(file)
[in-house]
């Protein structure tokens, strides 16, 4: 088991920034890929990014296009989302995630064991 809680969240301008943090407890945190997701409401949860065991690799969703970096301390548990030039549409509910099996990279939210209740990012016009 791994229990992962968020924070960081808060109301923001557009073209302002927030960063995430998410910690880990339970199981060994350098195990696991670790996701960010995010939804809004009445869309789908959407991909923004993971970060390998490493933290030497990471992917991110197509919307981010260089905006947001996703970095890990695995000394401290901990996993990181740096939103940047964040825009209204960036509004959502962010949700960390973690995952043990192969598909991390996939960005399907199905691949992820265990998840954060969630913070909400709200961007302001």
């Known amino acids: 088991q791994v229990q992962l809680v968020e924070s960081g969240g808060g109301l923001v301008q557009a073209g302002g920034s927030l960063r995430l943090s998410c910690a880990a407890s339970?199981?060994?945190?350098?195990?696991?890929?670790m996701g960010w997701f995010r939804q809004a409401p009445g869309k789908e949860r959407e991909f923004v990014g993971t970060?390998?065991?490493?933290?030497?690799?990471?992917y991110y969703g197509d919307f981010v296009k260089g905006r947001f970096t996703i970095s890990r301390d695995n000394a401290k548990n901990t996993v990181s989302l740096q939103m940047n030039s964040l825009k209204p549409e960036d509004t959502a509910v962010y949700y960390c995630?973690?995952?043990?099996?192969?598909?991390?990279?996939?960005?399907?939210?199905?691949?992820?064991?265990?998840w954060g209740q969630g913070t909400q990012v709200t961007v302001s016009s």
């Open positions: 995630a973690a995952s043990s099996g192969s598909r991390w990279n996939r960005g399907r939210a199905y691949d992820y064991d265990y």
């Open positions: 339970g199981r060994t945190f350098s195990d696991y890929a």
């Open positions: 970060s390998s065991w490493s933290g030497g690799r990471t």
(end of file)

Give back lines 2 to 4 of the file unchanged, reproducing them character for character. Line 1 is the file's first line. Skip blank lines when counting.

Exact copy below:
């Protein structure tokens, strides 16, 4: 088991920034890929990014296009989302995630064991 809680969240301008943090407890945190997701409401949860065991690799969703970096301390548990030039549409509910099996990279939210209740990012016009 791994229990992962968020924070960081808060109301923001557009073209302002927030960063995430998410910690880990339970199981060994350098195990696991670790996701960010995010939804809004009445869309789908959407991909923004993971970060390998490493933290030497990471992917991110197509919307981010260089905006947001996703970095890990695995000394401290901990996993990181740096939103940047964040825009209204960036509004959502962010949700960390973690995952043990192969598909991390996939960005399907199905691949992820265990998840954060969630913070909400709200961007302001």
């Known amino acids: 088991q791994v229990q992962l809680v968020e924070s960081g969240g808060g109301l923001v301008q557009a073209g302002g920034s927030l960063r995430l943090s998410c910690a880990a407890s339970?199981?060994?945190?350098?195990?696991?890929?670790m996701g960010w997701f995010r939804q809004a409401p009445g869309k789908e949860r959407e991909f923004v990014g993971t970060?390998?065991?490493?933290?030497?690799?990471?992917y991110y969703g197509d919307f981010v296009k260089g905006r947001f970096t996703i970095s890990r301390d695995n000394a401290k548990n901990t996993v990181s989302l740096q939103m940047n030039s964040l825009k209204p549409e960036d509004t959502a509910v962010y949700y960390c995630?973690?995952?043990?099996?192969?598909?991390?990279?996939?960005?399907?939210?199905?691949?992820?064991?265990?998840w954060g209740q969630g913070t909400q990012v709200t961007v302001s016009s």
């Open positions: 995630a973690a995952s043990s099996g192969s598909r991390w990279n996939r960005g399907r939210a199905y691949d992820y064991d265990y």